The Training Page: NIH Academy
The NIH Academy on Health Disparities: Improving Health Equity
BY JALEN BROWN, NCI
Recent events have widened our understanding of health disparities and the social determinants of health that exacerbate them. The COVID-19 pandemic has put a spotlight on health disparities: The pandemic has adversely affected many disadvantaged populations, putting them at greater risk of infection, hospitalization, and death. These populations include, but are not limited to, racial and ethnic minorities, socioeconomically disadvantaged groups, underserved rural populations, and sexual and gender minorities (people in the LGBTQ+ community).
The NIH Academy on Health Disparities offers postbac trainees the opportunity to learn about health disparities and investigate what is being done to address them. I joined the program myself in 2021 because I wanted to pursue a career in this field and increase my knowledge of the kinds of marginalized communities that exist.
The NIH Academy began with just 10 students in 2000 to train future researchers, physicians, physician–scientists, and other health care workers to lead change in addressing health disparities. The students each investigated health-disparity topics with an academic preceptor, volunteered their time and service to marginalized communities, and submitted summaries about their learning experiences.
“Around 2010, I started thinking about a model that would allow more postbacs to join,” said Sharon Milgram, director of the Office of Intramural Training and Education (OITE). “I set a goal that I wanted 10 times the number of postbacs to learn about health disparities.” The program has grown considerably since then—the 2021–2022 cohort included 210 trainees.
One way that OITE increased the number of postbacs in the program was to collaborate with various institutes and centers (ICs) and invite NIH Academy members to attend IC-hosted lectures and seminars on a variety of health-disparity topics. Postbacs then participated in speaker-led discussions as a community.
When I enter medical school this year, I will be more prepared to participate in discussions of health equity that require forward-thinking on better treatment of minoritized communities and the dismantling of systemic barriers to accessing health care.
Each NIH Academy member must fulfill criteria that include attending lectures, seminars, panels, and discussions; completing an OITE diversity course; and developing and presenting a health-disparity-centered project. Milgram also expects that, after the COVID-19 pandemic, volunteering in communities affected by health disparities will return as a requirement.
My group, comprising seven individuals, centered our proposal on mandating the reporting of the number of sexual and gender minorities in NIH clinical trials and providing competency trainings to researchers on LGBTQ+ health. We explained how our proposal would help to reduce researcher prejudice and discrimination against people in the LGBTQ+ community and build inclusive clinical trials with LGBTQ+ people. We presented our ideas to the Sexual and Gender Minority Research Office at NIH. The experience has allowed me to connect with like-minded postbacs across the ICs and understand their passions for work in health disparities.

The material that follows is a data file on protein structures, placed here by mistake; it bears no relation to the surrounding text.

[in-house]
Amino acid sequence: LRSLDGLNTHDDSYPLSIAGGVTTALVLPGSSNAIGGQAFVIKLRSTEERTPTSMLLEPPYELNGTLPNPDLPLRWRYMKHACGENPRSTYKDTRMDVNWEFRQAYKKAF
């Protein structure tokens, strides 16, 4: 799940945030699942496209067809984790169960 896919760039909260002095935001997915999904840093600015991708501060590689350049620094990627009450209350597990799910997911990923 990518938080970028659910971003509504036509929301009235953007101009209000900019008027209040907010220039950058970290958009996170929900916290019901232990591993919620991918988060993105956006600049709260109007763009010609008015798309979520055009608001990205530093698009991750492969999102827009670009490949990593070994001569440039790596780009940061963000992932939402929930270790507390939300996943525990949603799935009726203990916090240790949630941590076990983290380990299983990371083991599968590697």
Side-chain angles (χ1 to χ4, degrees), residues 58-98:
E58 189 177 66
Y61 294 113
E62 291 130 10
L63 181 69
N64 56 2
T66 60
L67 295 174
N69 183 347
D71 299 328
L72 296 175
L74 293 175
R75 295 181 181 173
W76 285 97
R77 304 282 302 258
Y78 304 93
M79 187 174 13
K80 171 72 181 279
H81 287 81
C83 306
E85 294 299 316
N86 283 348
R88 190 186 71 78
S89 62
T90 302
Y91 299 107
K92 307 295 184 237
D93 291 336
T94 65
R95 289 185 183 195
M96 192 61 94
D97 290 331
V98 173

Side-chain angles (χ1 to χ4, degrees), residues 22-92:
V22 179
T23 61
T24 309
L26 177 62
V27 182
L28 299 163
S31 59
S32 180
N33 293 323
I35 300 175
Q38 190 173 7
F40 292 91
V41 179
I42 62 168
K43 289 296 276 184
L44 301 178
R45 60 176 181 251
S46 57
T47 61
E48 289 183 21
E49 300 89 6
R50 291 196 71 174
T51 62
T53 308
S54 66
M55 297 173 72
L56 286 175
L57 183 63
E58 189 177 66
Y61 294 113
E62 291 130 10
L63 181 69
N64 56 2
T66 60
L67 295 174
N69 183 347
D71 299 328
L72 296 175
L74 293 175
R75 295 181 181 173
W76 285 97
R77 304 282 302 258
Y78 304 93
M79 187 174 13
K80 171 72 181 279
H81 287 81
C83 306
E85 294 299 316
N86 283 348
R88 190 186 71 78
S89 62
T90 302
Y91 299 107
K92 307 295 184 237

“We talk to many participants who say the Academy was a formative experience,” said Milgram. “I think the Academy has helped people shape their applications and helped diverse individuals get into good [graduate and medical school] programs.”
Tracking long-term outcomes for NIH Academy alumni is an important next step. “We have some serious work to evaluate outcomes from the program,” said Milgram. “We want to know if this experience influenced career decision-making. We also want to understand how participation in our five-week diversity course, which can be challenging for participants, makes you more likely to lean into the beauty of diversity instead of the discomfort of the discussions.”
Growing the next generation of health-equity researchers has become even more important today. “I think being aware of health disparities no matter what career path you choose is very important,” said Andrea Naranjo Erazo, who has been one of the co-directors of the NIH Academy since 2021. “You can contribute in multiple ways.”
Thanks to the NIH Academy program, my interest in health disparities has grown considerably. In particular, I have developed new research interests for investigating sexual and gender minority populations. When I enter medical school this year, I will be more prepared to participate in discussions of health equity that require forward-thinking on better treatment of minoritized communities and the dismantling of systemic barriers to accessing health care.
Applications for the next cycle of the NIH Academy on Health Disparities will open in August 2022. “The main component we look for is a letter of interest indicating a strong desire to learn about health disparities,” said Naranjo Erazo. Applicants will also need approval from their mentor.
For more information, go to https://www.training.nih.gov/programs/academy.
Jalen Brown, a postbac in the National Cancer Institute’s Division of Cancer Epidemiology and Genetics, is investigating health disparities affecting sexual and gender minority populations. Later this year, Jalen will begin pursuing an M.D./M.P.H. degree at Northwestern University’s Feinberg School of Medicine (Chicago). Outside of work, Jalen enjoys karaoke, spending time with loved ones, reading, cooking, and making TikTok videos.